Volume 1 Supplement 1

Proceedings of the 3rd PSMR Conference on PET/MR and SPECT/MR

Open Access

GPU-accelerated Monte Carlo based scatter correction in brain PET/MR

  • Michaela Gaens1,
  • Julien Bert2,
  • Uwe Pietrzyk1, 3,
  • A Autret2,
  • N Jon Shah1 and
  • Dimitris Visvikis2
EJNMMI Physics20141(Suppl 1):A32

DOI: 10.1186/2197-7364-1-S1-A32

Published: 29 July 2014

To develop and evaluate a fast and accurate Monte Carlo simulation (MCS) based scatter correction for PET/MR imaging, based on Geant4 using graphical processing units (GPUs).

The GPU implementation by Bert et al. [1] including the photon tracking within a voxelized volume was extended with the modeling of the detection process in the Siemens MR-BrainPET. Using NVIDIA’s CUDA photon pairs undergo several kernel functions in parallel, from their generation according to the activity distribution up to their detection in the scanner. Subsequently, coincidences are sorted and stored in list-mode. The new GPU implementation (GeForce GTX690) was validated by comparison with Gate v6.2 on a single CPU (Intel Core i7, 3.4GHz), showing a speedup factor of 135. The use of multiple GPUs can further increase this acceleration.

For Compton scatter correction the reconstructed emission image, the patient MR-derived attenuation map and a CT-derived attenuation template of the MR coils are used as input for the simulation. The resulting simulated projection data are scaled to the normalized measured projection data. Thus, the often unstable fit to the distribution tails, necessary for single scatter simulation (SSS)[2], is circumvented. The scaled simulated scatter distribution is then incorporated in the reconstruction. The proposed scatter correction methodology was evaluated and compared to the SSS approach using sphere phantom measurements. Finally, the effect on patient data was investigated.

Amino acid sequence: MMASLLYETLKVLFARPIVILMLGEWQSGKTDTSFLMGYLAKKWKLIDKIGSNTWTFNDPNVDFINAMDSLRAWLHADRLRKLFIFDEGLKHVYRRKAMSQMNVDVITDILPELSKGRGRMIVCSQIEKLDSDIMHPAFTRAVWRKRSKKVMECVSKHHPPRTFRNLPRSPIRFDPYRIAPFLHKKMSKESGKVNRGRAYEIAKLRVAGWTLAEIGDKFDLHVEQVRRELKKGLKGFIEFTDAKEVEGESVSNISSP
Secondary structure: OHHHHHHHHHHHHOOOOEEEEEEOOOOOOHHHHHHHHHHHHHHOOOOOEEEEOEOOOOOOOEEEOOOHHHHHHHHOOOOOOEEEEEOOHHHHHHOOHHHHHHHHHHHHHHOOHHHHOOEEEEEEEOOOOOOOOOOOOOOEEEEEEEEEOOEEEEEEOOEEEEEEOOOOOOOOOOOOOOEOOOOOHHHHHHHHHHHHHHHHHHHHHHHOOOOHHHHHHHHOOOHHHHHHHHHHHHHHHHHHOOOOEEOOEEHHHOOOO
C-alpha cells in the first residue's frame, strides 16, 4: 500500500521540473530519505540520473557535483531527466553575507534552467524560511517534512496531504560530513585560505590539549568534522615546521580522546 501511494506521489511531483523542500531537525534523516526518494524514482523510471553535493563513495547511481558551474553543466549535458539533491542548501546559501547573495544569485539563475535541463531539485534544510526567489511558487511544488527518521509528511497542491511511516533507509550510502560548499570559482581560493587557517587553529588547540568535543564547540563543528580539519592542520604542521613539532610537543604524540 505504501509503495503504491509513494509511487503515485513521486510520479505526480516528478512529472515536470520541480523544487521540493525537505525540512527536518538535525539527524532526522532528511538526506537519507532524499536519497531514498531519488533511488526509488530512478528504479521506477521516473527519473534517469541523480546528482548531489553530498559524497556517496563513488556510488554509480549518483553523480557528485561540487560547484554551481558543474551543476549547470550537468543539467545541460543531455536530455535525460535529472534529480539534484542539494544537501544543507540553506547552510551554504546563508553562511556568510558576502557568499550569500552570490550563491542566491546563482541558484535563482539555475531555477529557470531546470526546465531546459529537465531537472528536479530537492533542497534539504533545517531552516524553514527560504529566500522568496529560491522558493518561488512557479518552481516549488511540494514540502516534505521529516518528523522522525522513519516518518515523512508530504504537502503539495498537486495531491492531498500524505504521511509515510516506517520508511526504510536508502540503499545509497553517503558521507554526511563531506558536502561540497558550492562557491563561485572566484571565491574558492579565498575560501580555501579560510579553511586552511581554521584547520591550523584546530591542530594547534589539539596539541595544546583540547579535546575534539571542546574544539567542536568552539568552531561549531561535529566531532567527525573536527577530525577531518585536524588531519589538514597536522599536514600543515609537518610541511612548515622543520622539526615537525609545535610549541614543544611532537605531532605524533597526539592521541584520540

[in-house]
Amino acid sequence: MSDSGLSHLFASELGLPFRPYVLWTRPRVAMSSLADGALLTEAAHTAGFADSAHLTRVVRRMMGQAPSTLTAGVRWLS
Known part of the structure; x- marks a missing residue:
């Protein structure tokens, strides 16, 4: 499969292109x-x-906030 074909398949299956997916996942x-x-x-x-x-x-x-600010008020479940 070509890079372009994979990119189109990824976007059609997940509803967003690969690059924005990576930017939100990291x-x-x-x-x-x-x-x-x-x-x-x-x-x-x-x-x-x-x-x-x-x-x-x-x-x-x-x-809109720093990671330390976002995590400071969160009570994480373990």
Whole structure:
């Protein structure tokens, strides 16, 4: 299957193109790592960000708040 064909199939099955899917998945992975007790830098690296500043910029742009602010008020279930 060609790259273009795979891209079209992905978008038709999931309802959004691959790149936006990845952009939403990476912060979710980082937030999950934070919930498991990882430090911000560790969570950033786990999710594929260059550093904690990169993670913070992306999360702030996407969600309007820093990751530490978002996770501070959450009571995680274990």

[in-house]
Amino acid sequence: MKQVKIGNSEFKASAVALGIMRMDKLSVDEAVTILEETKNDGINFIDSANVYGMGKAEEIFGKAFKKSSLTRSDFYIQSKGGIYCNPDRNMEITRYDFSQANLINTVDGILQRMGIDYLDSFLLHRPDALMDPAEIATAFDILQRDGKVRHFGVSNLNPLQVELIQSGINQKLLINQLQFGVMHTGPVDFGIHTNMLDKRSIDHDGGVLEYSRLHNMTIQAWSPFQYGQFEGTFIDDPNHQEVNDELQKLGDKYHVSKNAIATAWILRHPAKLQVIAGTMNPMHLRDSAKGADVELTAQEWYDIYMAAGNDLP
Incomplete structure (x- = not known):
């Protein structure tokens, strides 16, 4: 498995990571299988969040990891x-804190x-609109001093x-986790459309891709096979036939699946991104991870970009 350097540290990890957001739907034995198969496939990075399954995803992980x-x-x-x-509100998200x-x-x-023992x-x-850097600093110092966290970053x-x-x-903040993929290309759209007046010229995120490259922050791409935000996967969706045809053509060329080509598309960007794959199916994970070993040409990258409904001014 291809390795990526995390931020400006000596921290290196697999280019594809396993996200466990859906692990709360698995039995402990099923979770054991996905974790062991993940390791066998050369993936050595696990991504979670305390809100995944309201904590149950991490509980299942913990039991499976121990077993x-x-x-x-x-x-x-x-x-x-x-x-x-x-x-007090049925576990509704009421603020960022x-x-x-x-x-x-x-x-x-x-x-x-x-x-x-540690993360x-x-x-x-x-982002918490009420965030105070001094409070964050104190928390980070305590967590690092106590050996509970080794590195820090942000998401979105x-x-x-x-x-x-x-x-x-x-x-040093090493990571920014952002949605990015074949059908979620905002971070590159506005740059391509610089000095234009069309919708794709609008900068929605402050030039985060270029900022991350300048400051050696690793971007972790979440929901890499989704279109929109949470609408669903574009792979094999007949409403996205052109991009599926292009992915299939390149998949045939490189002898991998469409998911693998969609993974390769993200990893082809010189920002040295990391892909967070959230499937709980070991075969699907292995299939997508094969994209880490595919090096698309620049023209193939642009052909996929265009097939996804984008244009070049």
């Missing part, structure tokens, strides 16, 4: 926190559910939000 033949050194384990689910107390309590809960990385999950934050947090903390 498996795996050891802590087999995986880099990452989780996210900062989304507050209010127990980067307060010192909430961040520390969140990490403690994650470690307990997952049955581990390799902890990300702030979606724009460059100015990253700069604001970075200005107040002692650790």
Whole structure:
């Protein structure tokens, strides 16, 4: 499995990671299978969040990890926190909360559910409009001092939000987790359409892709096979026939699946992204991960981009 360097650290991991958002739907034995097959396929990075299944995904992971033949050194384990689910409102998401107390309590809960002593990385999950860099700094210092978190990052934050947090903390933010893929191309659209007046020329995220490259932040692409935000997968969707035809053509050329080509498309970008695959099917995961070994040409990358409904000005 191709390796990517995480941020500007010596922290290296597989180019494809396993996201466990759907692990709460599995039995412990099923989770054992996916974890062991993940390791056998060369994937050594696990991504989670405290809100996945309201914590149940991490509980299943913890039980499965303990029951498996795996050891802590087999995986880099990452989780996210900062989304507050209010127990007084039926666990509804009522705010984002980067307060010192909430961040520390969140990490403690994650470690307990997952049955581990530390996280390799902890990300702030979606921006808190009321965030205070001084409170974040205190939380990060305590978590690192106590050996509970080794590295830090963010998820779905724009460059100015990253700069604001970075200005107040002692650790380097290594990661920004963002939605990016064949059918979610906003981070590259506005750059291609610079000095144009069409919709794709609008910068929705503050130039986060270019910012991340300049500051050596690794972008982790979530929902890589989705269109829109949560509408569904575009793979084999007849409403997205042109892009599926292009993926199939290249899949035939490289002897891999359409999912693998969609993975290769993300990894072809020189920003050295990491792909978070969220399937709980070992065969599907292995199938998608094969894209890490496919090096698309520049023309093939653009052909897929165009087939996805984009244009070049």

Phantom results suggest an improved contrast with our new MC-based scatter correction, especially for measurements including the MR coils, where the contrast recovery was improved by 10-14%. First patient images also show improved grey/white matter contrast.
Table 1

Comparison of recovery coefficients after scatter correction based on MCS and SSS. MC-based scatter correction shows improved recovery coefficients for the hot spheres.

Recovery Coefficient [%]

27 mm cold

22 mm cold

17 mm hot

13 mm hot

10 mm hot

8 mm hot






















Figure 1

Assessment of image quality according to NEMA NU 2-2007. Images show the phantom with a hot spheres/background ratio of 8:1 measured with MR head coils inside the BrainPET scanner.

Figure 2

Comparison of reconstructed FDG images using the scatter estimate provided by the vendor’s SSS (left) and our MCS method (right). Images were reconstructed using the vendor provided 3D OP-OSEM algorithm with 2 subsets and 32 iterations.

The new GPU-accelerated MCS allows for fast and accurate estimation of scattered coincidences in PET studies using the Siemens MR-BrainPET with a major speed-up compared to standard MCS and superior image quality compared with the standard correction based on SSS.

Authors’ Affiliations

Institute of Neuroscience and Medicine - 4, Forschungszentrum Juelich
Department of Mathematics and Natural Science, University of Wuppertal


  1. Bert J, et al.: Geant4-based Monte Carlo simulations on GPU for medical applications. Phys Med Biol 2013, 58: 5593–5611. 10.1088/0031-9155/58/16/5593PubMedView ArticleGoogle Scholar
  2. Watson CC, Newport D, Casey ME: A single scatter simulation technique for scatter correction in 3D PET. Three-Dimensional Image Reconstruction in Radiology and Nuclear Medicine 1996, 4: 255–268. 10.1007/978-94-015-8749-5_18View ArticleGoogle Scholar


© Gaens et al; licensee Springer 2014

This article is published under license to BioMed Central Ltd. This is an Open Access article distributed under the terms of the Creative Commons Attribution License (http://creativecommons.org/licenses/by/4.0), which permits unrestricted use, distribution, and reproduction in any medium, provided the original work is properly cited.